This page has local legal information on residential (not commercial) renters’ issues. It is not legal advice, and you should check with your local legal aid and courts for current information.
This page was last updated on Aug 26th, 2022. It was reviewed by our volunteer attorney experts.
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Massachusetts no longer has a statewide emergency eviction ban for renters.
Check with your local government if you have any additional protections. Renters in Boston are protected by a temporary ban on eviction that went into effect August 31, 2021. Check with the Boston government to see if this ban is still in effect.
Landlords may now try to sue tenants to evict them. If you are worried about an eviction, reach out as soon as possible to your local legal aid group. The lawyers may be able to help you find protections and services to deal with your eviction.
The Massachusetts trial courts have put in some emergency protections, that require landlords to include important information about rights and resources if they give a renter a Notice to Quit. They also have changed eviction court procedure during the emergency.
Earlier, the Massachusetts legislature had passed a law stopping all stages of eviction proceedings for non-essential evictions between April 20, 2020 and October 17, 2020.
Since emergency protections expired, then for renters in Massachusetts:
Yes, Massachusetts renters still need to pay rent during the COVID-19 emergency.
Check with your local city or county government to see if they give renters any additional protections if they are struggling to pay rent during the COVID-19 emergency.
If you cannot pay rent, take steps to protect yourself:
Since the emergency period ended, landlords can try to evict renters once again.
If you receive a notice to quit from your landlord, or an eviction lawsuit, reach out for legal help.
Utility shutoffs may have resumed in Massachusetts.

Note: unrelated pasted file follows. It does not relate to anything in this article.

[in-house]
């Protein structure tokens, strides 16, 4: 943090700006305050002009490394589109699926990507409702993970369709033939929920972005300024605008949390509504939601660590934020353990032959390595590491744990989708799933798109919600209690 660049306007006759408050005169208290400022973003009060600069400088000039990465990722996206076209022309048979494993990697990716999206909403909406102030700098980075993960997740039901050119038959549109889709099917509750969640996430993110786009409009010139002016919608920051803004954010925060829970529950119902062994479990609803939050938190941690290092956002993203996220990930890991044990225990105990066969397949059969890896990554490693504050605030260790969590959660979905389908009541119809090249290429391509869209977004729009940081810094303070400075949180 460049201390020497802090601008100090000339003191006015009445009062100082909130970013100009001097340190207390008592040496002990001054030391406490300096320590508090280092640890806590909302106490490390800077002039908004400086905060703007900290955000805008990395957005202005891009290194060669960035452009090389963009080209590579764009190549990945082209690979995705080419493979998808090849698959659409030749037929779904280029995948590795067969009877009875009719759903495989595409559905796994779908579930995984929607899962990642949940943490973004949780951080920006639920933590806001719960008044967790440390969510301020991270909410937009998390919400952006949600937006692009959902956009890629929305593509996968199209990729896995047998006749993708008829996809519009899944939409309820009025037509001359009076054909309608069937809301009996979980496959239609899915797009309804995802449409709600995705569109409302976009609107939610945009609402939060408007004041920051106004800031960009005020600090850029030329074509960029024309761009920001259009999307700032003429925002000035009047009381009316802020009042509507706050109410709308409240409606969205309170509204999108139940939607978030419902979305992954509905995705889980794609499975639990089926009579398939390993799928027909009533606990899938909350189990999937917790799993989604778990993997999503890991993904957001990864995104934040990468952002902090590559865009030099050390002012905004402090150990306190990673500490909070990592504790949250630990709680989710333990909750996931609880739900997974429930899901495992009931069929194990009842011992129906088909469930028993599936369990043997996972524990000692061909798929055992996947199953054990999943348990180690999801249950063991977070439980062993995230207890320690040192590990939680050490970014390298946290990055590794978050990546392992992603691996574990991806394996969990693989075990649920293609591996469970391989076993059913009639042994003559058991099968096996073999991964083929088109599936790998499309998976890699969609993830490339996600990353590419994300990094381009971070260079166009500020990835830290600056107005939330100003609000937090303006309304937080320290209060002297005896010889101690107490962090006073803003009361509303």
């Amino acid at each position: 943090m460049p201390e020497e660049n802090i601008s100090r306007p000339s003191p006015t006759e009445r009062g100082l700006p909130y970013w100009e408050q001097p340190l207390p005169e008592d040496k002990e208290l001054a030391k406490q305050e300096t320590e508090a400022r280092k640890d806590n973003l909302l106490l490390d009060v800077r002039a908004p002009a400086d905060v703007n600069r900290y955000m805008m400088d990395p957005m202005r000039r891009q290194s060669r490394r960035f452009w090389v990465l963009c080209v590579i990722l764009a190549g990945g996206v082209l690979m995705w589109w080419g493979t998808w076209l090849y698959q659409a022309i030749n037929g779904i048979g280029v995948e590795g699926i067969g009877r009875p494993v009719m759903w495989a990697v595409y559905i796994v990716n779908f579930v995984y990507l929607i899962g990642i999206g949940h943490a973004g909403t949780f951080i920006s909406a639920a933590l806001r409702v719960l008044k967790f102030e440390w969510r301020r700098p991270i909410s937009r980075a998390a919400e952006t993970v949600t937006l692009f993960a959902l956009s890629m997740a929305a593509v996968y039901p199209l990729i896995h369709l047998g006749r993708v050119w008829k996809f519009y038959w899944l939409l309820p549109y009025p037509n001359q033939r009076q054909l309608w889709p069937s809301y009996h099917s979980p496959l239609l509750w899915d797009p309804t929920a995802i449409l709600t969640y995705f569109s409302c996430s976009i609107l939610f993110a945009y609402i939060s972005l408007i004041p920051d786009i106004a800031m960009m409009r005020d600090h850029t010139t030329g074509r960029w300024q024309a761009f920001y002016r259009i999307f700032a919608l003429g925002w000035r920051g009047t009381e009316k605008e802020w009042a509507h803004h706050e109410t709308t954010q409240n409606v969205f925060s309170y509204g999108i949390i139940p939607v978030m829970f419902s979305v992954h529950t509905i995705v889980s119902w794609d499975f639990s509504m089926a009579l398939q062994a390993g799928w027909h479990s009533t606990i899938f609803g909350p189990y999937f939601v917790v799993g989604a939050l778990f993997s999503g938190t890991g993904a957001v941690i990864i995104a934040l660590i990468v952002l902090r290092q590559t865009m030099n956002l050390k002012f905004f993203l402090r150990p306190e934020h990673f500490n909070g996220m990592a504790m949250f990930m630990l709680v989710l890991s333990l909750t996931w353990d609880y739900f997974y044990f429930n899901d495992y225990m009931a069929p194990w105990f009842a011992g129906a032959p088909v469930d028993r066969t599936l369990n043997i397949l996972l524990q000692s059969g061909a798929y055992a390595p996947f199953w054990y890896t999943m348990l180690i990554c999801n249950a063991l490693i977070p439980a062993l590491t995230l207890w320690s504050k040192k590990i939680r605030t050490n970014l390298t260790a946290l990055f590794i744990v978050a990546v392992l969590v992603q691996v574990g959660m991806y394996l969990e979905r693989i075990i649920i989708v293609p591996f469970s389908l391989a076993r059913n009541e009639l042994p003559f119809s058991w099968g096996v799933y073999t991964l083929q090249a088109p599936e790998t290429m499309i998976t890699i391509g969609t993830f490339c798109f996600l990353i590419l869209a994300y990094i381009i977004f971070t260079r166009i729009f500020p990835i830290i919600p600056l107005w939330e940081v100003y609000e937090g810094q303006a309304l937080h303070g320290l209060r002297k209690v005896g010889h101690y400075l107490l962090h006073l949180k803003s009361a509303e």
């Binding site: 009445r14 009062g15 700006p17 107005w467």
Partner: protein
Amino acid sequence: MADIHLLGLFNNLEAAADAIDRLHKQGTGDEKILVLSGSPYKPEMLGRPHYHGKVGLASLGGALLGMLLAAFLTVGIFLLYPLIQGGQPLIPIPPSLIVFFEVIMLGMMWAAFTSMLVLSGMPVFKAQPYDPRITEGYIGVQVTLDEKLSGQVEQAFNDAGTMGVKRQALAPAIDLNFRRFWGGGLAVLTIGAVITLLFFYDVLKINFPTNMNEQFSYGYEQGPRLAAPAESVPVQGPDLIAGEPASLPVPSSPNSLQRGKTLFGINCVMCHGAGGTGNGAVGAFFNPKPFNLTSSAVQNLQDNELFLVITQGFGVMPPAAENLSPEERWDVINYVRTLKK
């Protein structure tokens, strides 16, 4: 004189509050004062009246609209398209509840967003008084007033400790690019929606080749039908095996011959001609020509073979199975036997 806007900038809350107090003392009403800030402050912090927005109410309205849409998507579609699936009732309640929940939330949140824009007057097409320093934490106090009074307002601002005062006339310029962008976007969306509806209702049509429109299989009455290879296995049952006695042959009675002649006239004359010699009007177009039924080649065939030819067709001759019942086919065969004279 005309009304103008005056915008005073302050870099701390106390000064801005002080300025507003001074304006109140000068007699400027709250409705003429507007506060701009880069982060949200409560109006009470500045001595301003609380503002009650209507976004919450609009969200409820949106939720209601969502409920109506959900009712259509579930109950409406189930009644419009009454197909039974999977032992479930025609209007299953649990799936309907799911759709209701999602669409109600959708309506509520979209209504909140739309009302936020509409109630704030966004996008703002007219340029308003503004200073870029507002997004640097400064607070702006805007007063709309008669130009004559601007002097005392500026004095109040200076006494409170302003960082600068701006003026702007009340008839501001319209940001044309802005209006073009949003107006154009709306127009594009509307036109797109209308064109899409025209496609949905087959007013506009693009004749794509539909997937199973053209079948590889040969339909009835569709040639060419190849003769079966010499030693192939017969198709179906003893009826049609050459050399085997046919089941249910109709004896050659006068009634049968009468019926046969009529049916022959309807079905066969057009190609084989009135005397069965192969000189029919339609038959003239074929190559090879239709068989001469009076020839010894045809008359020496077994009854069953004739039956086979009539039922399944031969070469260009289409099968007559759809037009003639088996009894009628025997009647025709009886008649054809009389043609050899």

Earlier, during the emergency period, it was prohibited to shut off utilities for nonpayment in Massachusetts.
If you need financial assistance for utility costs, you may be able to get help.
Landlords are never allowed to shut off a renter's utilities in an attempt to force the renter out. This is illegal. Reach out to a lawyer for help if this happens to you.
Tell your landlord about any repairs needed, particularly if they affect your health and safety.
The COVID-19 emergency may delay your landlord's ability to make repairs, but if they are urgent you should call your landlord to make the repairs as soon as possible.
Emergency repairs could be for problems with:
If your landlord doesn't make the repairs promptly, send them a written letter or email about the need for emergency repairs (and keep a copy of this communication).
You may be able to break your lease if you can come to an agreement with your landlord.
Your lease is still valid despite the COVID-19 emergency period.
However, you can talk to your landlord to see if they will agree to let you leave early. If they agree, be sure to get the agreement in writing.
Also, you can review your lease. It may have a part that lets you end the lease early in times of financial difficulty. If your lease has this kind of part, you might be able to break the lease (in some cases penalty-free), though, in Massachusetts, your landlord may be able to recover attorney's fees.
Contact a legal help organization or the Housing Court clerk's office to help defend yourself.